Book Review: The Truth as Told by Mason Buttle by Leslie Connor

The Truth as Told by Mason Buttle: Connor, Leslie: 9780062491435: Books

Title: The Truth as Told by Mason Buttle

Author: Leslie Connor

Genre: Realistic Middle-Grade Fiction

Number of Pages: 352

Rating: B+

Recommended?: Yes

The Truth as Told by Mason Buttle is a sweet-natured MG novel with a memorable protagonist, and despite having it’s share of flaws I found it to be an emotionally satisfying journey. Mason is a big, learning disabled boy who sweats all the time and is bullied by his peers (he reminded me a little bit of the main character in Freak the Mighty by Rodman Philbrick, but Mason is more endearing.)

Mason’s best friend died in a tragic accident and people suspect he might have done something to cause the boy’s death, but Mason doesn’t understand peoples’ distrust of him. Mason has a teacher who’s very supportive of him and she lets him use a voice recognition device to tell his story, since he can barely read or write. He also becomes friends with Calvin, an eccentric kid who helps him turn an old shed into the ultimate clubhouse. However, when Calvin goes missing Mason is forced to face his personal demons.

Even though I thought he was a little too perfect at times, I really enjoyed Mason’s character and his unique way of seeing the world. The other characters (including the adults) were also believable, even though the bullies’ dialogue tended to be a little goofy at times. My main criticism of this book is that it was too sentimental- it wasn’t a huge issue for me, but it could have used to have a little more edge considering the themes that were being portrayed.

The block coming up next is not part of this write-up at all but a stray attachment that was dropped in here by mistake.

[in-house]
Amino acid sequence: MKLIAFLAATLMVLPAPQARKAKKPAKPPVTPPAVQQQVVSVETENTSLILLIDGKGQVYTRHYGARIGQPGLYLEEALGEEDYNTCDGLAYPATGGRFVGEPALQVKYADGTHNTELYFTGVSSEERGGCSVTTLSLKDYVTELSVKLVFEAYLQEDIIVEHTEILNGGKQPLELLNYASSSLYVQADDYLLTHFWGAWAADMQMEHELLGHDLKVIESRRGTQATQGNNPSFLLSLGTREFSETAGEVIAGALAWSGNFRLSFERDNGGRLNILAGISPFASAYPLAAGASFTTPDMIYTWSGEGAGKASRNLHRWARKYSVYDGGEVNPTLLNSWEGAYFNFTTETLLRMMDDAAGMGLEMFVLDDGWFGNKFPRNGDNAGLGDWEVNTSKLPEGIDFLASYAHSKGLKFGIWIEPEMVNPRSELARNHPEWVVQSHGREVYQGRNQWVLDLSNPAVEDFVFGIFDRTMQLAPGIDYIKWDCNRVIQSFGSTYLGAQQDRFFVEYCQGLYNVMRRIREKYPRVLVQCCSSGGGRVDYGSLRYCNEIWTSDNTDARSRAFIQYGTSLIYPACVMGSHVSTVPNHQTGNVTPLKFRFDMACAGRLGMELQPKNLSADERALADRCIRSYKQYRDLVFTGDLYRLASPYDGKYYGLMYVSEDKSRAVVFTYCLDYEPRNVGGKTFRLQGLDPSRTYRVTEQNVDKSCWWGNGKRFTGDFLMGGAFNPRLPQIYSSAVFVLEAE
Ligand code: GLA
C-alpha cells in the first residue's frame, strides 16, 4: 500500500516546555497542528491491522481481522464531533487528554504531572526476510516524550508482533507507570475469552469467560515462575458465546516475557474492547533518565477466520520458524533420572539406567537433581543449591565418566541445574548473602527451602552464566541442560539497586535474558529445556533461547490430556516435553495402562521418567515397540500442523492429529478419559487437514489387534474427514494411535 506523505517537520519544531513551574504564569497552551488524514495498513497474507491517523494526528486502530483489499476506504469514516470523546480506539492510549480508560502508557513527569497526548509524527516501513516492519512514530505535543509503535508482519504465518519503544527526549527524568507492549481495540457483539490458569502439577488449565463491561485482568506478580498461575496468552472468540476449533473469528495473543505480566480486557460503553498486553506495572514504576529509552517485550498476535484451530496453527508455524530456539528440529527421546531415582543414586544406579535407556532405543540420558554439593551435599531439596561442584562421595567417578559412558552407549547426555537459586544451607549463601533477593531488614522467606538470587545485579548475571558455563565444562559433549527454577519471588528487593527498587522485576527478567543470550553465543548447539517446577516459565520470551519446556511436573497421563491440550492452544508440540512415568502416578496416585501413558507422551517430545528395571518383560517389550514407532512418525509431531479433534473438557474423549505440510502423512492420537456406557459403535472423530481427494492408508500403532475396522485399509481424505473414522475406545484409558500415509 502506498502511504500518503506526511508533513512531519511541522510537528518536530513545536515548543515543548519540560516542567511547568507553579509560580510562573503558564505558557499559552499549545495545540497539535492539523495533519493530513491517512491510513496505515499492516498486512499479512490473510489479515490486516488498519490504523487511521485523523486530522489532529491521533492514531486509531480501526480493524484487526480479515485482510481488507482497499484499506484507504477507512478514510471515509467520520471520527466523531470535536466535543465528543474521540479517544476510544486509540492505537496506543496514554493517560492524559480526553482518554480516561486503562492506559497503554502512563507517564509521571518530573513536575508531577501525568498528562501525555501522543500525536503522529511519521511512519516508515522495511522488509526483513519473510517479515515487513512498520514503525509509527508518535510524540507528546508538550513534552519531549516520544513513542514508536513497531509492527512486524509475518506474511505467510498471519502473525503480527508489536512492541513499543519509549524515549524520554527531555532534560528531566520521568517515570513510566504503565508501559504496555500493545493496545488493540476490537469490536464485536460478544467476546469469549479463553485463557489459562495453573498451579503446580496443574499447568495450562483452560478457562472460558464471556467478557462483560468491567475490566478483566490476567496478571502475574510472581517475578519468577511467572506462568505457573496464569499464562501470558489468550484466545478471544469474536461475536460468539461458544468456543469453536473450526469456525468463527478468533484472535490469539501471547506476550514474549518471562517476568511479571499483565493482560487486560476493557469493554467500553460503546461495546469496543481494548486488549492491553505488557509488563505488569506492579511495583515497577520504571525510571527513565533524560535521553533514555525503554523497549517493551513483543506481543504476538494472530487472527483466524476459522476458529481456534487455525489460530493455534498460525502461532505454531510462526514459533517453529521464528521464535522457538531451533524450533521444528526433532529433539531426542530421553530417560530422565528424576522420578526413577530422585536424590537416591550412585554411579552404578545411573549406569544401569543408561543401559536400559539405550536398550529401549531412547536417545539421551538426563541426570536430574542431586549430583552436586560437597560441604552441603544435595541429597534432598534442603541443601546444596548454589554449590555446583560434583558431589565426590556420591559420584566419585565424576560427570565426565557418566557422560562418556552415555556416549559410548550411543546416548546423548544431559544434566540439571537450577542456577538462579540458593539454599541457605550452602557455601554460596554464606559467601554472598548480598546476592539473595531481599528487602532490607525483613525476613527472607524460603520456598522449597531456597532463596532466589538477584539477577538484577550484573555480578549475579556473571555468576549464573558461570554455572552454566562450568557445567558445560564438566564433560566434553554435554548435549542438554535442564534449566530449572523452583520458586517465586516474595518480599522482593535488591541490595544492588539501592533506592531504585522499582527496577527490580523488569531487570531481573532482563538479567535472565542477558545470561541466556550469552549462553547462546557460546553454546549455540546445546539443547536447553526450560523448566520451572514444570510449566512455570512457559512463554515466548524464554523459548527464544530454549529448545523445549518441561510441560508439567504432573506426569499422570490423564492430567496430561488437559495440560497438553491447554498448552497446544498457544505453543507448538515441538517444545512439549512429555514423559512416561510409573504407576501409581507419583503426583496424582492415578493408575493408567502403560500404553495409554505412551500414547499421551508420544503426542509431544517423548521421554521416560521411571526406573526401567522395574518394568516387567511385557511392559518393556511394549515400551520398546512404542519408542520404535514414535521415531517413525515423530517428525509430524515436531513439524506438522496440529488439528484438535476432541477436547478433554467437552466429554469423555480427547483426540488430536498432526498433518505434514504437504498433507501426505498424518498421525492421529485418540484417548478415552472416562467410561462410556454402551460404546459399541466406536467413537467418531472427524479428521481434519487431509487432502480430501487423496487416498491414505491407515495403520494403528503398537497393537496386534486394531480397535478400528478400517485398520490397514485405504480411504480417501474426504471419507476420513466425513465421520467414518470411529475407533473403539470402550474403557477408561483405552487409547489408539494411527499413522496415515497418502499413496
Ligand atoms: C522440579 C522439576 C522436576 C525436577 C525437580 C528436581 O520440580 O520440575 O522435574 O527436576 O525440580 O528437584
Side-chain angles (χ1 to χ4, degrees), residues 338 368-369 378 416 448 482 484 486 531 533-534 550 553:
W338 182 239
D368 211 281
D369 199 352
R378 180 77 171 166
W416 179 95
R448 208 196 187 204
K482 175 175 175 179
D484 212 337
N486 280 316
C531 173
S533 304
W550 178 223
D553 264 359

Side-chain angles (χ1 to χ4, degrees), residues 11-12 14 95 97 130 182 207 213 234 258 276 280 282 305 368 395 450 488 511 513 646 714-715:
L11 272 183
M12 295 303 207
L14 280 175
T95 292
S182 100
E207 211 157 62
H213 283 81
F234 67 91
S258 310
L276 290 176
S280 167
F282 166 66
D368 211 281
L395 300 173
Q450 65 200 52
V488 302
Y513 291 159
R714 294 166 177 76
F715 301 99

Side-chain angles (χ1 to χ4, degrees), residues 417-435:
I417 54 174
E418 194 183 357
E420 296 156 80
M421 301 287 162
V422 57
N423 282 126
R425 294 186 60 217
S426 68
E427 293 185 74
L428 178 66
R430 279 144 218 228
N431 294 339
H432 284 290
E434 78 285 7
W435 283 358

I loved the dog, Moonie, and Mason’s relationship with him- he was a delightful addition to the story and the situation with Moonie’s owners was interesting. Mason felt a little bit too na├»ve at times- he was ‘different,’ but not developmentally disabled and you’d think he’d be a little bit quicker on the uptake. It also bugged me that the book was so sympathetic towards the main bullies’ friend Corey. What he did was terrible too! Overall I really enjoyed this novel, though. It’s one of those books where the strength of the main character and their voice carries the story.

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